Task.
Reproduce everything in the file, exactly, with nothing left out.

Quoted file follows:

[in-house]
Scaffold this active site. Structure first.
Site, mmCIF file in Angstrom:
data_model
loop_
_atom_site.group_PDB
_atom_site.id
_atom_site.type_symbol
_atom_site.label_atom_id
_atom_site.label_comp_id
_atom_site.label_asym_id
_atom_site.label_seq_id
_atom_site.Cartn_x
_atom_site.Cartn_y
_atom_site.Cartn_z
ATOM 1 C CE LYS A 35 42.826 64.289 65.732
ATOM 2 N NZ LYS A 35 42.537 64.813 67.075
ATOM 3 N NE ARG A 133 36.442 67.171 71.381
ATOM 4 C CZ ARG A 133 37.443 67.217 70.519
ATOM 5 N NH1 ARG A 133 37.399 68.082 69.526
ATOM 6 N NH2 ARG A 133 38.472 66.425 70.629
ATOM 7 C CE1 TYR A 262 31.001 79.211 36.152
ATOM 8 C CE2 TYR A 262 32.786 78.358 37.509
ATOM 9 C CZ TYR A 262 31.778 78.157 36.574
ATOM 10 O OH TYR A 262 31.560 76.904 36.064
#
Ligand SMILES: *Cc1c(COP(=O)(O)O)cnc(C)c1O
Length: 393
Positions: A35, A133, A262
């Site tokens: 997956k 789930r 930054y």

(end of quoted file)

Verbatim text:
[in-house]
Scaffold this active site. Structure first.
Site, mmCIF file in Angstrom:
data_model
loop_
_atom_site.group_PDB
_atom_site.id
_atom_site.type_symbol
_atom_site.label_atom_id
_atom_site.label_comp_id
_atom_site.label_asym_id
_atom_site.label_seq_id
_atom_site.Cartn_x
_atom_site.Cartn_y
_atom_site.Cartn_z
ATOM 1 C CE LYS A 35 42.826 64.289 65.732
ATOM 2 N NZ LYS A 35 42.537 64.813 67.075
ATOM 3 N NE ARG A 133 36.442 67.171 71.381
ATOM 4 C CZ ARG A 133 37.443 67.217 70.519
ATOM 5 N NH1 ARG A 133 37.399 68.082 69.526
ATOM 6 N NH2 ARG A 133 38.472 66.425 70.629
ATOM 7 C CE1 TYR A 262 31.001 79.211 36.152
ATOM 8 C CE2 TYR A 262 32.786 78.358 37.509
ATOM 9 C CZ TYR A 262 31.778 78.157 36.574
ATOM 10 O OH TYR A 262 31.560 76.904 36.064
#
Ligand SMILES: *Cc1c(COP(=O)(O)O)cnc(C)c1O
Length: 393
Positions: A35, A133, A262
């Site tokens: 997956k 789930r 930054y």